Archive for the ‘Audubon’ Category
You may know that Green Mountain Digital is in the process of recreating many of the excellent photographic field guides published under the auspices of the National Audubon Society over the years. They already have Birds, Wildflowers, Trees, Fishes, Mammals, Reptiles, and Insects, plus a combination guide to Birds, Trees, Mammals, and Wildflowers, and numerous regional variations on Birds and Wildflowers in particular. For the full range of guides, search for audubon in iTunes or the App Store on your device. Prices range from $5.00 for state level wildflower guides, and $10 for national guides to say, wildflowers or reptiles, to $20 for Birds, and $40 for the 4 in 1 guide.
All are built on the same app engine and work pretty well, especially on faster iPhones. The guides on the 3G or previous, require some patience to use. I am eagerly awaiting the 4G this month!. Switching from browse to search, in particular seems to take forever on a 3G. The other inexplicable idiosyncrasy of the series, that can take some getting used to, is the lack of visual or audio feedback for some selections. Most iPhone apps highlight, or shadow, or dim, or click when you touch a selection. Sometimes there is nothing in the Audubon apps. The spinner spins, and eventually you get to where you were going, but there is no indication your touch has taken.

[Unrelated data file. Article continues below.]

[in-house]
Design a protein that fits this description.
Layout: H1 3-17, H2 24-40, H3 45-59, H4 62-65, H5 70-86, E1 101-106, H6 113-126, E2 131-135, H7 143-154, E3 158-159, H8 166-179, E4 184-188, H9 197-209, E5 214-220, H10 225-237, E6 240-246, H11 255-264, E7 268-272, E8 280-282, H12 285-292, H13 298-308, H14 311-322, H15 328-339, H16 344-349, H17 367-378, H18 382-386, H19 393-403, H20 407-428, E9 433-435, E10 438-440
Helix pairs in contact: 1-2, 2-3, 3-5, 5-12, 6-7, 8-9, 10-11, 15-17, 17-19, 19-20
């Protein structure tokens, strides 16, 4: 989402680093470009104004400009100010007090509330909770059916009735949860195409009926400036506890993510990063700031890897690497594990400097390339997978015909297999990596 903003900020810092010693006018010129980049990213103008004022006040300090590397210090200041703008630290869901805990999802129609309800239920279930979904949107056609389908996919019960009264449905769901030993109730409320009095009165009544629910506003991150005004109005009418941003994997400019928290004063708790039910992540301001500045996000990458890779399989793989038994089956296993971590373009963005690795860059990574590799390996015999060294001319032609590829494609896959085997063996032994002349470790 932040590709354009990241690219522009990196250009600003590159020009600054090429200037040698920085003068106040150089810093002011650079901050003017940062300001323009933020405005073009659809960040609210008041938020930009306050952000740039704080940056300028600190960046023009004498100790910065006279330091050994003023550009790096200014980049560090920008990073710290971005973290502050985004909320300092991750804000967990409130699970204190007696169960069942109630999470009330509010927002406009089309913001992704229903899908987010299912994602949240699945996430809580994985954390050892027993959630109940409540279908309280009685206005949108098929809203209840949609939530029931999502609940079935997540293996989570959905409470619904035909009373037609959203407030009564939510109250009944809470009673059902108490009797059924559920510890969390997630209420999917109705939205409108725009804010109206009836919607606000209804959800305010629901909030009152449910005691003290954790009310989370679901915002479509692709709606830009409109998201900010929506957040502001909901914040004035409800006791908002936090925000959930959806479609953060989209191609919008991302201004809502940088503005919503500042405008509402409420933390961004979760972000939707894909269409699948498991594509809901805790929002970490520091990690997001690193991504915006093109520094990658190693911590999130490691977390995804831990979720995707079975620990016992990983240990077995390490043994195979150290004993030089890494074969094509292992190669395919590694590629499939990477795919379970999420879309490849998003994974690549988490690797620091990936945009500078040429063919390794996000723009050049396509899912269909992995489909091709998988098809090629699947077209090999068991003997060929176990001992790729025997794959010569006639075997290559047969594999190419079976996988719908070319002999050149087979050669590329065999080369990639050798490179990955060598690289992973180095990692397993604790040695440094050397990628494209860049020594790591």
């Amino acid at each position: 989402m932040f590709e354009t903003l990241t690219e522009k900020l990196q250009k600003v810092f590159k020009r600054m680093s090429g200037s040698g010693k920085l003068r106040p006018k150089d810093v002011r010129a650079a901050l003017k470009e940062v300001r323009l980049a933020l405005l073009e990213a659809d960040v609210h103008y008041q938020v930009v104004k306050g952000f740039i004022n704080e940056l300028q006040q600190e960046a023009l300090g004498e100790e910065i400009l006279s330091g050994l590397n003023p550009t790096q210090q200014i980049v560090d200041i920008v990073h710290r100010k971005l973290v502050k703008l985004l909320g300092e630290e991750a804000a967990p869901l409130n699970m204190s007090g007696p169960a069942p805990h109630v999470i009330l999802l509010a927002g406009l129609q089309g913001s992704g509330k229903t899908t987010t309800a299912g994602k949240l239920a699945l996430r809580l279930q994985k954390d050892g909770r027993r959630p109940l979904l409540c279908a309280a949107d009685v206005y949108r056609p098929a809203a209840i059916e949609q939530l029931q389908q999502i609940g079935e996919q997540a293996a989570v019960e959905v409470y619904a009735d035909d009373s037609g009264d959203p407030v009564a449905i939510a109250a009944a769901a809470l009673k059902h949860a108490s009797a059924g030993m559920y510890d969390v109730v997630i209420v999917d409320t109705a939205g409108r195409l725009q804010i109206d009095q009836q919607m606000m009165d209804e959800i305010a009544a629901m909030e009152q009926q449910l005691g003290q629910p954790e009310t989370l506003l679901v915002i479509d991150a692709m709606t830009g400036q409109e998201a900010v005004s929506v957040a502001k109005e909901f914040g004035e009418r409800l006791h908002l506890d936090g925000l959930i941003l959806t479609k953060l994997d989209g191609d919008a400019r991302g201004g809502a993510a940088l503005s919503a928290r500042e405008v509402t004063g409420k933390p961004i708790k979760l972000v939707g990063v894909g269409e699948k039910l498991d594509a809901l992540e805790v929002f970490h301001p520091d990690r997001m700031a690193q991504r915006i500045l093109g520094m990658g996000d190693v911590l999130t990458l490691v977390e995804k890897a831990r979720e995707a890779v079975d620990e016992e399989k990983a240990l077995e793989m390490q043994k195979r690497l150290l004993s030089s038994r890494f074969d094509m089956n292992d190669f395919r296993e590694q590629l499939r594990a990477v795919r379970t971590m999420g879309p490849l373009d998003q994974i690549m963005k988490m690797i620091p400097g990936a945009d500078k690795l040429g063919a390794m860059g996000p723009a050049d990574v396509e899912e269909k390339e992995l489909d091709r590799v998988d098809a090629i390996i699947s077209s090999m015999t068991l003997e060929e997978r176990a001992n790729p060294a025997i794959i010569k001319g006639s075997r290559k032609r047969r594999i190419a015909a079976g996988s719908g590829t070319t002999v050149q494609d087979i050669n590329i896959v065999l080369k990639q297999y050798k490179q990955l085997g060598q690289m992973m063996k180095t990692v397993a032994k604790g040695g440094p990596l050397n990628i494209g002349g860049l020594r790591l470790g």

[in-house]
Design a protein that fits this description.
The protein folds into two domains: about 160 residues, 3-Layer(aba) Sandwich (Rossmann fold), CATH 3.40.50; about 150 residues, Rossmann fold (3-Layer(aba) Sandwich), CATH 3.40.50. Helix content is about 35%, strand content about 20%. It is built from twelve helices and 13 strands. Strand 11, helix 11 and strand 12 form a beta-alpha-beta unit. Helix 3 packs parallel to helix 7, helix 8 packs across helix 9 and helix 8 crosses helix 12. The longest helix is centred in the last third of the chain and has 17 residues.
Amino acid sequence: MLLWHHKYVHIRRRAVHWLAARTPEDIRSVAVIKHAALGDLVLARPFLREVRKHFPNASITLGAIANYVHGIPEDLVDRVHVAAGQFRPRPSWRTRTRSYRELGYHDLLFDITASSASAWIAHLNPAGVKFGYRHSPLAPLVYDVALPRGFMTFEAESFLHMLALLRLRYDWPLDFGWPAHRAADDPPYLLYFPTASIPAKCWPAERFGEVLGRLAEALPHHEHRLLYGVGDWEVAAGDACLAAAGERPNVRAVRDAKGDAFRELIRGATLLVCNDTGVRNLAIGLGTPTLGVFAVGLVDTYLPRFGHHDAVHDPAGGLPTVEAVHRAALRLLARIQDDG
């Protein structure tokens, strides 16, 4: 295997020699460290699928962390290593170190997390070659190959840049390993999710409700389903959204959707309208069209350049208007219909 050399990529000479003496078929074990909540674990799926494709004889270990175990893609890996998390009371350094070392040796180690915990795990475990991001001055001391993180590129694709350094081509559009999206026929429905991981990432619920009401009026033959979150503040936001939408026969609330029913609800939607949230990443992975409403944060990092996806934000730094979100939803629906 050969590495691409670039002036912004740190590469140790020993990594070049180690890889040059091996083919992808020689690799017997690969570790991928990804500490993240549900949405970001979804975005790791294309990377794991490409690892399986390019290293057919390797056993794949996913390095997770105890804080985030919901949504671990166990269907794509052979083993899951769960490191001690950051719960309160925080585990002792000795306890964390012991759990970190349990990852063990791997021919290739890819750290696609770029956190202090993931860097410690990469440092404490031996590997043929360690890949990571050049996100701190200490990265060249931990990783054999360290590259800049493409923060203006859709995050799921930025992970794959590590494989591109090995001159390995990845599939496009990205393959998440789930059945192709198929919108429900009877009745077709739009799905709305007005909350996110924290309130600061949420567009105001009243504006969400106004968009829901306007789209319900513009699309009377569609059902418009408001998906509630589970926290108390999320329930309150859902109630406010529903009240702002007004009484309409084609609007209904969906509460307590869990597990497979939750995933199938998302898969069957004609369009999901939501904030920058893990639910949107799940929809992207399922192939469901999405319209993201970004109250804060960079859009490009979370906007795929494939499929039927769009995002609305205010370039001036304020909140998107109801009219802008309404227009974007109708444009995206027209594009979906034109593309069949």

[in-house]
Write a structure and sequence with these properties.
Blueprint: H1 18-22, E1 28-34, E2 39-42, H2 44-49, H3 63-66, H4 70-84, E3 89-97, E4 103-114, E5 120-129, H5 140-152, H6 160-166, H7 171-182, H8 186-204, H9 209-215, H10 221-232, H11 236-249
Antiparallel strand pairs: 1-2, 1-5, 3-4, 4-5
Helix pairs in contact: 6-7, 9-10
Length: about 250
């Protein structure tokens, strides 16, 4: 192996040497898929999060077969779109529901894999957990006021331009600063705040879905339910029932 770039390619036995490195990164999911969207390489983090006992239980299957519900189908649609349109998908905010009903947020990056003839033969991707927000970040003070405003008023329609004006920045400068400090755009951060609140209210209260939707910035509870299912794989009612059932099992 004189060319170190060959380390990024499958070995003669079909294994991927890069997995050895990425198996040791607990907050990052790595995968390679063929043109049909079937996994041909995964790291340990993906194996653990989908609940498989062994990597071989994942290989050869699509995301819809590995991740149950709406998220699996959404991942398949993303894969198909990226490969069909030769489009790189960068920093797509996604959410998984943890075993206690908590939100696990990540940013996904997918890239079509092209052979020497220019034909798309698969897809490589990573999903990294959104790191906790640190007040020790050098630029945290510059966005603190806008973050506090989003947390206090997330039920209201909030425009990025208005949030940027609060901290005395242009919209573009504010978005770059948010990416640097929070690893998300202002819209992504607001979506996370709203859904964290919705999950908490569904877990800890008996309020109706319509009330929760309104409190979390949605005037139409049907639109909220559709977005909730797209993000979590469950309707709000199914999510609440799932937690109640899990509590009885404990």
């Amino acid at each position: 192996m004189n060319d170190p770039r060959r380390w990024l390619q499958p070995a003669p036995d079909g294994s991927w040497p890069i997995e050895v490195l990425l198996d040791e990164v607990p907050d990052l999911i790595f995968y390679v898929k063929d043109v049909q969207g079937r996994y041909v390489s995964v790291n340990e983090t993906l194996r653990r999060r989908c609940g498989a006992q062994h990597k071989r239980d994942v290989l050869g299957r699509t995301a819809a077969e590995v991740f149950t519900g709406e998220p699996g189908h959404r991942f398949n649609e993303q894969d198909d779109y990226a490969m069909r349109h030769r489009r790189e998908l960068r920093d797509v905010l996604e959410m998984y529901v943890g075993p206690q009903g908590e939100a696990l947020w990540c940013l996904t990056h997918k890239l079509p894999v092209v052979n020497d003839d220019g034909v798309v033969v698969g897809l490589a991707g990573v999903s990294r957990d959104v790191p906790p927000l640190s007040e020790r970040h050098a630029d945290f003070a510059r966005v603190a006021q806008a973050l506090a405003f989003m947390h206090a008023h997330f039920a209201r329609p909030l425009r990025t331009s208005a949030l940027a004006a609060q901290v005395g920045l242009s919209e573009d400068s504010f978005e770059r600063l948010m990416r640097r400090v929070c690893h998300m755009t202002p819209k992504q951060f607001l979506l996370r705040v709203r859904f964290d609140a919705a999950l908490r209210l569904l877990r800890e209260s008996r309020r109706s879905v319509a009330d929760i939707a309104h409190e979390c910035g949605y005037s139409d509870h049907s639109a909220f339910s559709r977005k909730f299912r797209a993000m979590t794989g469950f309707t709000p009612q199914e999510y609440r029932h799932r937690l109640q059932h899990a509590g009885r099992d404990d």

The iPhone versions have been updated with additional photographs, rewritten text, updated range maps, etc. and all include a multi-term search engine that will at least narrow your choices for an ID. I have tested the Bird app, which is a good supplement to iBird, but not a replacement for it, and have used the Wildflower app as my reference of choice on the iPhone.
One of my favorite Audubon series has always been the regional Nature Guides. I have owned one for every region where I have lived or spent significant time. In a single volume you find a surprisingly comprehensive guide to the birds, wildflowers (which includes many grasses and sedges as well), butterflies, insects and spiders, reptiles and amphibians, fishes, seashells, seashore creatures, and trees (which includes many shrubs). The guides also provide a good basic introduction regional habitats, geology, weather, and places to see nature. To me they are the ideal companion on any nature hike, and I rarely go out exploring without one in my back or fanny pack, appropriate to the region.
I was excited, then, to see the regional Nature series begin to appear in the App Store this month. I immediately bought New England Nature, and have been using it for a for several days now.
Except for the speed issues, which I am confident are less troublesome on a 3GS and expect to be no bother at all on the new iPhone, the app is everything I had hoped it would be. It builds on the excellent foundation of the paper version, and adds features and content that extend its usefulness in interesting ways.
If you take a look at the screen shots below you will get an idea of the range of resources which the app literally puts at your fingertips.